What Culture did its Canadian tournament as part of its World Cup on 5/14 in Toronto at the Phoenix Concert Theater. The first round matches saw Michael Elgin beat Rene Dupree via DQ, Harry Smith (Davey Boy Smith Jr.) beat Franky the Mobster, then Speedball Mike Bailey pinned Brent Banks and Kyle O’Reilly beat Tyson Dux. In the semifinals, Elgin beat Smith and Bailey beat O’Reilly in what I was told was a ****½ match. Elgin and O’Reilly advance to the next round of the tournament in the U.K. in August. The show also saw WCPW champion Joe Hendry beat El Ligero in a non-title main event match, and Internet champion Gabriel Kidd beat Zack Sabre Jr.

LUCHA UNDERGROUND:

The Cubs Fan reported that in Germany, the TV show last week did 110,000 viewers at 11 p.m. and 80,000 at midnight in its second week on Tele-5. That’s along the lines of what the show does in the U.S., and given the population difference, I’d say that’s a good showing.

ROH:

This year’s Final Battle is once again scheduled for the Hammerstein Ballroom in New York in December.

As expected, Travis “Flip” Gordon signed here. Both ROH and Impact were after him. Friends of his steered him to ROH because he’s not signing an exclusive ROH contract, so he can continue booking his own indie dates. The feeling is that his name will be breaking out some this year being pushed in Northeast Wrestling and working for The Crash, and if he had signed with Impact, they’d have controlled his indie bookings and a lot of promoters don’t like going through Impact, plus Impact has been signing people on per-day basis contracts and unless they start doing house shows, that’s not a lot of money.

Marty Scurll got an endorsement deal as he will be the main person in an ad campaign for British fashion company Topman promoting a new line of Muscle Fit Suits. The commercial shows Scurll performing in a sold out York Hall, identifies him by name as a pro wrestler, shows him backstage as well as all dressed up wearing a suit.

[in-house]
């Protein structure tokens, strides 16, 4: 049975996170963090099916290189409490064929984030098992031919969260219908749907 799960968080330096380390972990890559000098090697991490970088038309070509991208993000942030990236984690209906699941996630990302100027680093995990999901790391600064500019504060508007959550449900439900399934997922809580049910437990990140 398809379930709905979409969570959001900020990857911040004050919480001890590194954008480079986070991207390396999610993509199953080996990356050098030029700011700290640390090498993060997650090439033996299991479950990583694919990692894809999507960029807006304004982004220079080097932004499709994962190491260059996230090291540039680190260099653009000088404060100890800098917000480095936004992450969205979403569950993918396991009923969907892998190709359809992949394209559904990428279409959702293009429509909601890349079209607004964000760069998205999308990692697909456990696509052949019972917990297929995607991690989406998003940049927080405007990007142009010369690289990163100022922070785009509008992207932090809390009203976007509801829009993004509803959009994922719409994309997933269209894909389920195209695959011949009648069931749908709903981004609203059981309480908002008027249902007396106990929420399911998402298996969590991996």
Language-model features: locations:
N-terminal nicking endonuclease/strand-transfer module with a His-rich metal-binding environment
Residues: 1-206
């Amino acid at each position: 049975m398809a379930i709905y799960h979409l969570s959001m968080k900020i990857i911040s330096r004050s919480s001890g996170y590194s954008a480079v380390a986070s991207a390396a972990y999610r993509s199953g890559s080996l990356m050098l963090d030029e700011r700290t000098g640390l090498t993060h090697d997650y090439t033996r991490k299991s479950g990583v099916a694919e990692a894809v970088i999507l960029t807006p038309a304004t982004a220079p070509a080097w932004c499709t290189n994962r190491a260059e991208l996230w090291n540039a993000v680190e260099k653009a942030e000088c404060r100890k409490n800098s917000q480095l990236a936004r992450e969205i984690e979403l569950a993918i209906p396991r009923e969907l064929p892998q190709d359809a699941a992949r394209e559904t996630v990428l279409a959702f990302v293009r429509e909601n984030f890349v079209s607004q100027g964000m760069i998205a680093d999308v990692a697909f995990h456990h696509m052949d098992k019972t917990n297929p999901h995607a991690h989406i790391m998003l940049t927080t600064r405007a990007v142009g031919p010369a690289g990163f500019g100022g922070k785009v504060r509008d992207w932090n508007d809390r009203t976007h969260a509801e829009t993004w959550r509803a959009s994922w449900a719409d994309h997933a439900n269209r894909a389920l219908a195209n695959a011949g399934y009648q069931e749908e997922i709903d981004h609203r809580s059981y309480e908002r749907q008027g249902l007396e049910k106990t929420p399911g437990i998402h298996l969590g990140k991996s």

Seth Lesser, best known as Simon Gotch of the Vaudevillains, who has designed T-shirts with a new name of Simon Grimm, was backstage not just at the PPV but also at the TV tapings over the weekend.

There are no new shows until 6/3 in Chicago and 6/4 in Collinsville, IL (St. Louis area).

They taped four weeks of TV for the final War of the Worlds show before a sellout 1,100 fans at the 2300 Arena in Philadelphia. The taping took five hours but it was said to be a good show with a lot of angles and good matches. It opened with a dark match as Sho Tanaka & Yohei Komatsu beat Leon St. Giovanni & Shaheem Ali. The first show opened with the Young Bucks and Hangman Page out. They said it was a new era for the Bullet Club and called out Marty Scurll. Scurll ran down Adam Cole and talked about having tea time with Marty Scurll. Cole came out and talked about why have tea time when you can have story time with Adam Cole. Cole said he was the franchise player and Page said he would run Cole out of the company. Cole said that the Bullet Club has a new enemy. Page challenged Cole to a match. Josh Woods beat David Starr with a kneebar. Starr worked like a heel and Woods worked like a face, but the crowd loved Starr and hated Woods. Starr is a far more complete worker since he’s been all over the world and is very good. Woods only has the Performance Center training and hasn’t had a ton of matches. Silas Young & Beer City Bruiser came out. Young mocked Jay Lethal calling himself the franchise and noted that he beat Lethal clean in the middle in Milwaukee. Lethal wanted a fight, but Bruiser jumped Lethal from behind. This turned into a match with Lethal vs. Bruiser with Young on commentary. Lethal won via DQ when Young interfered. Lethal had his knee taped here, but didn’t have it taped later in the tapings, so this was to sell the PPV match and in his later appearance I guess they felt the PPV was far enough behind him. They beat down Lethal until Bobby Fish made the save.